Reliability of MI


Borrowers who are not able to make a substantial down payment – typically 20 percent of the home value – are viewed as a higher credit risk.  In order to reduce that risk, Congress required the GSEs to obtain credit enhancement on low down payment loans – most often in the form of MI – so that private capital, and not taxpayers, is first in line to pay when there is a default-related loss.

Mi Helps Provide


MI Reliably Transfers Credit Risk

MI is a first layer of protection against mortgage credit losses and a time-tested method of risk sharing that has been used by the GSEs and others on low down payment loans for more than 50 years.

Mortgage Insurers (MIs) covered more than $50 billion in claims to the GSEs since conservatorship, resulting in substantial savings to taxpayers.  Throughout the financial crisis, USMI member companies never stopped paying claims, never received any bailout money from the Federal government, and continued to write new insurance.  In fact, since the crisis, MIs have paid all valid claims, with 96 percent paid in cash and the remainder due over time.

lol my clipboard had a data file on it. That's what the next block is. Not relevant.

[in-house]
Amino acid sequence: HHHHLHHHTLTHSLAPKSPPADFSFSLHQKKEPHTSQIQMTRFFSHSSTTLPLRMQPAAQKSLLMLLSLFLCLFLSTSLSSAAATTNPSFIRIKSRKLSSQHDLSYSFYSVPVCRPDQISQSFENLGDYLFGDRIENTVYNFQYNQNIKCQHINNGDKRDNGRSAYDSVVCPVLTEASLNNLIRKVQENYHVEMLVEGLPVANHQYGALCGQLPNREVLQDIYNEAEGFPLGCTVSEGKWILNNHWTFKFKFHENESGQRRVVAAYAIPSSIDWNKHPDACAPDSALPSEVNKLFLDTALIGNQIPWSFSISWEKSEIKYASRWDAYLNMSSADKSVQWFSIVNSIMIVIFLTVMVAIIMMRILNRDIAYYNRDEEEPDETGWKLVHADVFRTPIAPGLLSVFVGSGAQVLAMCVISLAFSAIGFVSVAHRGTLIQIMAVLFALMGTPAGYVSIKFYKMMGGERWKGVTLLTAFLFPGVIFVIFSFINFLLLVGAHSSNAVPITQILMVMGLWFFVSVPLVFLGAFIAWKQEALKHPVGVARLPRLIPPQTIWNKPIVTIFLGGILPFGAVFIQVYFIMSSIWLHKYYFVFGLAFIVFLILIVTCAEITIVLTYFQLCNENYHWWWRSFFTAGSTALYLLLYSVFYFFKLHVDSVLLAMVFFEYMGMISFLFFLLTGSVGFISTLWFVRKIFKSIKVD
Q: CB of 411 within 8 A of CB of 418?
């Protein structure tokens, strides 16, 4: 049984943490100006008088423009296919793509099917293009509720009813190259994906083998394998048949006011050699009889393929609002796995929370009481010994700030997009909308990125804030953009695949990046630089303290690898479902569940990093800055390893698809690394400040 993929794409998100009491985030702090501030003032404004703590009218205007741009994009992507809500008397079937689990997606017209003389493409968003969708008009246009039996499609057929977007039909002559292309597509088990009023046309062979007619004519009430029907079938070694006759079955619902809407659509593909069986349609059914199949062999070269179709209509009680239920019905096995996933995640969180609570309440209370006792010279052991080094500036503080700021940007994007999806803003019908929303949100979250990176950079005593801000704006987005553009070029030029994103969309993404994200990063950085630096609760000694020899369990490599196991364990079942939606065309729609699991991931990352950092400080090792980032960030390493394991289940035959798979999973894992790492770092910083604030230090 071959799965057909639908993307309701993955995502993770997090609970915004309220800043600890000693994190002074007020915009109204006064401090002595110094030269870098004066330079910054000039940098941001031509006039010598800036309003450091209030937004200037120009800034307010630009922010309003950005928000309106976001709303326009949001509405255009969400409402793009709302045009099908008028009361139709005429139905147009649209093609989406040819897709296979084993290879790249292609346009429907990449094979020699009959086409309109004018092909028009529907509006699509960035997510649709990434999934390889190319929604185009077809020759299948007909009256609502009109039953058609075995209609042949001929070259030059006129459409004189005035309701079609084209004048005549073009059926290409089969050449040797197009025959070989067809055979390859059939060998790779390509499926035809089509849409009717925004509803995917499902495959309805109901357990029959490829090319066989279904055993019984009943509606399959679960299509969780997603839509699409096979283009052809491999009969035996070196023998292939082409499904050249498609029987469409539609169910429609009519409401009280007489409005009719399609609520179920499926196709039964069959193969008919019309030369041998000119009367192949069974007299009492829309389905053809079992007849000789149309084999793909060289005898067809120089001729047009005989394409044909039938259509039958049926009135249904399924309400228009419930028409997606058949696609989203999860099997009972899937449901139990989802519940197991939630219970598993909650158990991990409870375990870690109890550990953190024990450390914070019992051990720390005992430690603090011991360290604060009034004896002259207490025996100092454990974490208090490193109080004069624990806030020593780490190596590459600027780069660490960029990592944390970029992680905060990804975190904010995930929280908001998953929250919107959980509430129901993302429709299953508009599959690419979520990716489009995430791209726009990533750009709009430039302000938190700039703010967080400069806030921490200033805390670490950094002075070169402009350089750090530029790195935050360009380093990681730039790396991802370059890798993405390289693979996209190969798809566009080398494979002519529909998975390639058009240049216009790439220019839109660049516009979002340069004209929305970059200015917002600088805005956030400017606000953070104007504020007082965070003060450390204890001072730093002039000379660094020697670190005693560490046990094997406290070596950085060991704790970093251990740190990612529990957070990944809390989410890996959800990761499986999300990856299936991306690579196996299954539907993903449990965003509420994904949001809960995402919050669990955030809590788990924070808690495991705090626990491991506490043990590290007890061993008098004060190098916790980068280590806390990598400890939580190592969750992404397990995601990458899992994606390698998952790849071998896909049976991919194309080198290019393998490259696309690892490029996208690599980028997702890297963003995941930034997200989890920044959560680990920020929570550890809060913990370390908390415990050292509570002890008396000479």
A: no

Snapshot of Originations from 2000-2014 Shows MI Consistently in the Market











MIs have a long history of consistently offering mortgage insurance even during significant market downturns.  This makes MI very different from capital markets structures, which disappeared during the crisis and have not returned in any meaningful volume since. Going forward, MIs are even more reliable thanks to new master policies that provide enhanced contractual certainty on how and when MIs pay claims.

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